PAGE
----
Cooper-White: For me, it was in acknowledging that we live in an era which has required downsizing of faculties almost everywhere. People in my position have been forced to dash the dreams of currently serving and aspiring scholar-teachers. Having to tell a faithful servant who still feels called to her/his position, “You need to move on from here,” was the hardest part of the job. We’ve also lost incredibly gifted and committed administrators, and all these folks make personal sacrifices to serve at salaries far below what’s offered in most other arenas.

Zimmann: How are you spending retirement?

Cooper-White: I’m open to surprises! You mention the word “retirement,” though I resonate more with the idea of “re-fire-ment.” I look forward to spending more time with family. I will be spending more time with my aviation avocation. I’ve been appointed by the Federal Aviation Agency as a member of the elite FAA Safety Team, and it will be a privilege to offer seminars and counsel fellow aviators as I do more flight instructing.

My professional experience, especially my work with the unification process of the two seminaries, may be of some value to others. I am working with a small group of family members and other colleagues to offer consulting through what we’re calling “The Gettysburg Group.” Beyond that, we’ll see where the Spirit leads in the days and years ahead.

Zimmann: Say more about the formation of United Lutheran Seminary and your role in it.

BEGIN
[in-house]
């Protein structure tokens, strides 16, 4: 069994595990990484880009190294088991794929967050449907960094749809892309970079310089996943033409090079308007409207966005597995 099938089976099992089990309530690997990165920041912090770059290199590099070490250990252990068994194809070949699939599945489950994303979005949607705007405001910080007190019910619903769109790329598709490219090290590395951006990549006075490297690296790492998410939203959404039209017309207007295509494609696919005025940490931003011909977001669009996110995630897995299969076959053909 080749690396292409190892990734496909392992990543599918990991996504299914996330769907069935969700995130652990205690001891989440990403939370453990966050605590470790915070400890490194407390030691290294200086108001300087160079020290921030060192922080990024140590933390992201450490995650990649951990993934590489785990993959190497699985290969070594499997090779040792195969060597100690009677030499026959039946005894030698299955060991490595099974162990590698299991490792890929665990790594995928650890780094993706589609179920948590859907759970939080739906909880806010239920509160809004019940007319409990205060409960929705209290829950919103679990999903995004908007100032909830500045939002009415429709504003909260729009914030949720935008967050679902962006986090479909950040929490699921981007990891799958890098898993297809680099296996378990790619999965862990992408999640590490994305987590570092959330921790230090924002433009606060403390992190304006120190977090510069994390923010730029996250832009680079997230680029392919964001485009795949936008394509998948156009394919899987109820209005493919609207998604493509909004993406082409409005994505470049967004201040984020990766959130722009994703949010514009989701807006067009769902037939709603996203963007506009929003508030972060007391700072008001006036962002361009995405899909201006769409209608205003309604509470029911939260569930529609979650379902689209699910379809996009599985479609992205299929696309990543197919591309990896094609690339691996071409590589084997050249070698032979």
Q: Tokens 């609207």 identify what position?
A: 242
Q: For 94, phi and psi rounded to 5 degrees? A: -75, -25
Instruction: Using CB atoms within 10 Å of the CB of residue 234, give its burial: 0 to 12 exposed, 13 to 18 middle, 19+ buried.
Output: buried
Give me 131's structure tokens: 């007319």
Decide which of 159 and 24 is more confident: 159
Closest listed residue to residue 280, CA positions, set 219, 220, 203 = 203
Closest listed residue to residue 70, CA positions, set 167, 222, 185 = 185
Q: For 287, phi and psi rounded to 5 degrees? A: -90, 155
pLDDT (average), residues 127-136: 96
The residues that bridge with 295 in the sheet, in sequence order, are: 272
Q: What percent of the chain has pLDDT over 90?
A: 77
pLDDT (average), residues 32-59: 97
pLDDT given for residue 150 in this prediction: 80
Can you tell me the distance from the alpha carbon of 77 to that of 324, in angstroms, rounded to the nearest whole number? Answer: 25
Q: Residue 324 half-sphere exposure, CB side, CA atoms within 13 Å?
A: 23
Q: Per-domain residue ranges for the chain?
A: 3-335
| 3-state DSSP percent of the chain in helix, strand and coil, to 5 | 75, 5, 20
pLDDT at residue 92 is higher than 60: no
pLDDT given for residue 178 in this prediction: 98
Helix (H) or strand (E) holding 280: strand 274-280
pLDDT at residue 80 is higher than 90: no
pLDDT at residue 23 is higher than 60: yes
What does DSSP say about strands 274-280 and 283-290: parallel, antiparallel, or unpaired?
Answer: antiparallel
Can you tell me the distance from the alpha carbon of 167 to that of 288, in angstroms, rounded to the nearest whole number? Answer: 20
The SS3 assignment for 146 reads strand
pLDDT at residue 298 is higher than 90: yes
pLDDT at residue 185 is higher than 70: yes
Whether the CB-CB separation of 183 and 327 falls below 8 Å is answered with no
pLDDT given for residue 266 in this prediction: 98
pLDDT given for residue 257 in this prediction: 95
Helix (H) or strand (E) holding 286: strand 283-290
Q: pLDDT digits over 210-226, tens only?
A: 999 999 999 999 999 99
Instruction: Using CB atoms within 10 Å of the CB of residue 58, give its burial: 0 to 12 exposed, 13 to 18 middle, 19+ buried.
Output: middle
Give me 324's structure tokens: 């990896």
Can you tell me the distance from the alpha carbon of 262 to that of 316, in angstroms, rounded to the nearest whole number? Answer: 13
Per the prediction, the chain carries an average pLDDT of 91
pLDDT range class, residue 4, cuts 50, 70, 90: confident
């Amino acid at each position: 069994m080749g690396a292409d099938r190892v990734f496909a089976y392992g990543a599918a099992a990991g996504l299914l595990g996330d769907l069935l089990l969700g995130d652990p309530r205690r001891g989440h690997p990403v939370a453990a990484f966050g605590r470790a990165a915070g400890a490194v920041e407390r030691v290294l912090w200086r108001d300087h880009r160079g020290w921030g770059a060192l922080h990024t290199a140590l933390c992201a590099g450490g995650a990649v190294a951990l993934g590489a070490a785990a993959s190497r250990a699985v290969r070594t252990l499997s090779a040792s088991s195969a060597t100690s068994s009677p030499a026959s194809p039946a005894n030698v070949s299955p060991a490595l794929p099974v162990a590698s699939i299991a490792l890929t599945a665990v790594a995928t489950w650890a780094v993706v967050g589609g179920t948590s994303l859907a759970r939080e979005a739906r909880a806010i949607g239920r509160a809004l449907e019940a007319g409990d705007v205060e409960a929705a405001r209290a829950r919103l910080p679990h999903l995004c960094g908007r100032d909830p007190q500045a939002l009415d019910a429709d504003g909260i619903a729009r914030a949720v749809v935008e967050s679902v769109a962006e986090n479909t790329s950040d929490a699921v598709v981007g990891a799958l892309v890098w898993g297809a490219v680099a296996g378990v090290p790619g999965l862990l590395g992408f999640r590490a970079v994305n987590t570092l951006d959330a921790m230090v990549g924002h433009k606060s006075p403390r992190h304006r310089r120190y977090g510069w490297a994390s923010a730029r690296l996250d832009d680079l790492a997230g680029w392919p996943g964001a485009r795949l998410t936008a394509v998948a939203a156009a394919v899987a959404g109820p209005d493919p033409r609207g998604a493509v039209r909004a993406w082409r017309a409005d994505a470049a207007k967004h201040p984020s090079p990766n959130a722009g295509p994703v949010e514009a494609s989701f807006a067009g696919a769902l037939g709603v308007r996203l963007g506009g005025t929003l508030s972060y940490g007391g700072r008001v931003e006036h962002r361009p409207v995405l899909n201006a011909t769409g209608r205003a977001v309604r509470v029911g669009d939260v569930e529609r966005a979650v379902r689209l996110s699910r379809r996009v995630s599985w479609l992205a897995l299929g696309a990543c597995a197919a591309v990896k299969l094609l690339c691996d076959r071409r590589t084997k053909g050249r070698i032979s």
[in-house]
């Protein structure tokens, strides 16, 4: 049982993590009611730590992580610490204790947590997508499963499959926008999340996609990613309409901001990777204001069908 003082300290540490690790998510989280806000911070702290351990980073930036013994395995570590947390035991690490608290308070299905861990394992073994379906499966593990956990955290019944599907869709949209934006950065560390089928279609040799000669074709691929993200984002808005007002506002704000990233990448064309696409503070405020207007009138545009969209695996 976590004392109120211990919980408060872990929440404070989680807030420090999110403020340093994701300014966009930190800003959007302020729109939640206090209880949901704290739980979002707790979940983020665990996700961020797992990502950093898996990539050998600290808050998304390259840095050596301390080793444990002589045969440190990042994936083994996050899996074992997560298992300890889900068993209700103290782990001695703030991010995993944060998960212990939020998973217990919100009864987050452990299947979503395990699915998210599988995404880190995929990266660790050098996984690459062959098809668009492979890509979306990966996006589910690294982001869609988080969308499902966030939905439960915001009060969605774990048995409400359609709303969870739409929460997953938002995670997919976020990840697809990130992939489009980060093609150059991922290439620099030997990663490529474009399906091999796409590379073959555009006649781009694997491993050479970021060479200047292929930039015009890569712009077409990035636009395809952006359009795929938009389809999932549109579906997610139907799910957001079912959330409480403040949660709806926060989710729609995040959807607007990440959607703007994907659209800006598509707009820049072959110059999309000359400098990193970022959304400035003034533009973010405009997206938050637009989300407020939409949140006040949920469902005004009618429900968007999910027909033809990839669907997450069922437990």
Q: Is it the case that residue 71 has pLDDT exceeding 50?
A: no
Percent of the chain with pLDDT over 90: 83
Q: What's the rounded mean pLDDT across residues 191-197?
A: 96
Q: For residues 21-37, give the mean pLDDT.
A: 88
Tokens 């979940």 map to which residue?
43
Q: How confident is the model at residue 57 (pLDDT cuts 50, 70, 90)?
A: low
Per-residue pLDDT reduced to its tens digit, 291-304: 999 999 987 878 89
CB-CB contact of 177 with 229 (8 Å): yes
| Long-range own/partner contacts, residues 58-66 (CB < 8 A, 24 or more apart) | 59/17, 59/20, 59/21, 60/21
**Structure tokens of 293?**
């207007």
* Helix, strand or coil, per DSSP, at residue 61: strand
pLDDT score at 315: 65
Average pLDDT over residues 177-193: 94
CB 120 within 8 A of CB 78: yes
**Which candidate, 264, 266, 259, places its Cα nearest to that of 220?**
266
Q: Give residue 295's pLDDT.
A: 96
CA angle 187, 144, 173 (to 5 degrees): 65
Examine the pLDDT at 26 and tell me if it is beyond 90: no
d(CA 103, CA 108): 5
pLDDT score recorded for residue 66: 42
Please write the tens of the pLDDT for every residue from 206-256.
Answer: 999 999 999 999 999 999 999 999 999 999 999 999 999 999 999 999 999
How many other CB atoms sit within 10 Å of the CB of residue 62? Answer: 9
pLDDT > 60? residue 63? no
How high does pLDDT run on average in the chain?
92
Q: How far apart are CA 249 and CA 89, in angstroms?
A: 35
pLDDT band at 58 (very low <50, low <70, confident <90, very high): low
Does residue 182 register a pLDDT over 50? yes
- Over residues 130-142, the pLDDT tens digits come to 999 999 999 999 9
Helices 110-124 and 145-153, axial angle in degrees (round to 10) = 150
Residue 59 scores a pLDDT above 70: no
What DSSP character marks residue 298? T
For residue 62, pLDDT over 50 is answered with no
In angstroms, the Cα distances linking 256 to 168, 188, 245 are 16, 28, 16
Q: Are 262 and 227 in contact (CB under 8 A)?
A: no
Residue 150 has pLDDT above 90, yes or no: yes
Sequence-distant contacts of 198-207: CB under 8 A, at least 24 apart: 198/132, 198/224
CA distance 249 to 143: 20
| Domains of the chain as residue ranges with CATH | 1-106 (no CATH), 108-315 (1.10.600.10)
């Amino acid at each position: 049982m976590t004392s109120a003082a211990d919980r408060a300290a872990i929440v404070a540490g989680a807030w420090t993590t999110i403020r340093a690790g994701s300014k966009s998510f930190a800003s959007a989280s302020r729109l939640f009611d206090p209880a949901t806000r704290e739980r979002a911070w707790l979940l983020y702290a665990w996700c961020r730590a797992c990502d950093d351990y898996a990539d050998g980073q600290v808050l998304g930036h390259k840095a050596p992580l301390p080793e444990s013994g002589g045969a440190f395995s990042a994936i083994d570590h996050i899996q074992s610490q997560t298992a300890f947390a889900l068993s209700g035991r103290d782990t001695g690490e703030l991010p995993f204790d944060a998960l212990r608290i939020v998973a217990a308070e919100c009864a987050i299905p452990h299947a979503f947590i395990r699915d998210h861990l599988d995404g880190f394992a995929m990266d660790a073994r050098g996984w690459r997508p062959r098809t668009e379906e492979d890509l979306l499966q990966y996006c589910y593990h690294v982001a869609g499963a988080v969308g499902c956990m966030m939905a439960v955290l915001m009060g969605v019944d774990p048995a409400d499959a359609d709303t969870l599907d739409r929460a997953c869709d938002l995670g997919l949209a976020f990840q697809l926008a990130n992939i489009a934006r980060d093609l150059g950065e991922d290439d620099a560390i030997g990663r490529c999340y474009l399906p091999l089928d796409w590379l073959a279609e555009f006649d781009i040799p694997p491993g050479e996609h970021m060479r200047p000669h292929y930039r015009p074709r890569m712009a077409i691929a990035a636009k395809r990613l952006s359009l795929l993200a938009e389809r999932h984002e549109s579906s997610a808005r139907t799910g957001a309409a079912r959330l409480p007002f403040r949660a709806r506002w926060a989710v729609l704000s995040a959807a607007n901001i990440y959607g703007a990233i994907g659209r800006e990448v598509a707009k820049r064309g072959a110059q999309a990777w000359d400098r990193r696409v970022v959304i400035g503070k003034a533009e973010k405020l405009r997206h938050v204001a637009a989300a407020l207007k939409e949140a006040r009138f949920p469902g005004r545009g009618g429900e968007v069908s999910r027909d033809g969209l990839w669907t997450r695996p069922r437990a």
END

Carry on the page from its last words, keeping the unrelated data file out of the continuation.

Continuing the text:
Cooper-White: I’m kind of a numbers geek, and the trends of lower enrollments, financial deficits, waning church support and unsustainable debt being borne by graduates loomed on the near horizon as threats to all our schools. While Gettysburg remained in the strongest fiscal position, I knew that we too had to find new pathways to long-term sustainability. So those realities were pushing our board and me harder and harder, as was also the case at Philadelphia and for most seminaries.

The pull of a new vision finally tipped the scales as David Lose (president of the Lutheran Theological Seminary at Philadelphia) and I began to “imagine a seminary like that!” United Lutheran Seminary can offer full scholarships to all full-time students. It can field a diverse faculty and staff on two campuses that embrace the breadth of U.S. demographics. With better stewardship of both sites and reduced staffing, the consolidation results in an annual savings of $3 million. David and I sensed the time was right to propose this bold move, and our boards gave a green light to see how far things could develop.

Zimmann: What is your advice for former colleagues and students in the days ahead? Any other words you’d like to share as you begin this next chapter in your life?

Cooper-White: As for advice, I’ve always resonated with St. Augustine’s, “Love God and do what you want!” The final word is “Thanks!” Thanks be to God for the incredible privileges afforded me. Thanks to all in the seminary community and broader arenas who have so blessed my life these past years!

Martin Zimmann
The Rev. Dr. Martin Otto Zimmann is an adjunct professor of church and society at United Lutheran Seminary, Gettysburg campus. He holds a Ph.D. in American culture studies.

Read more about: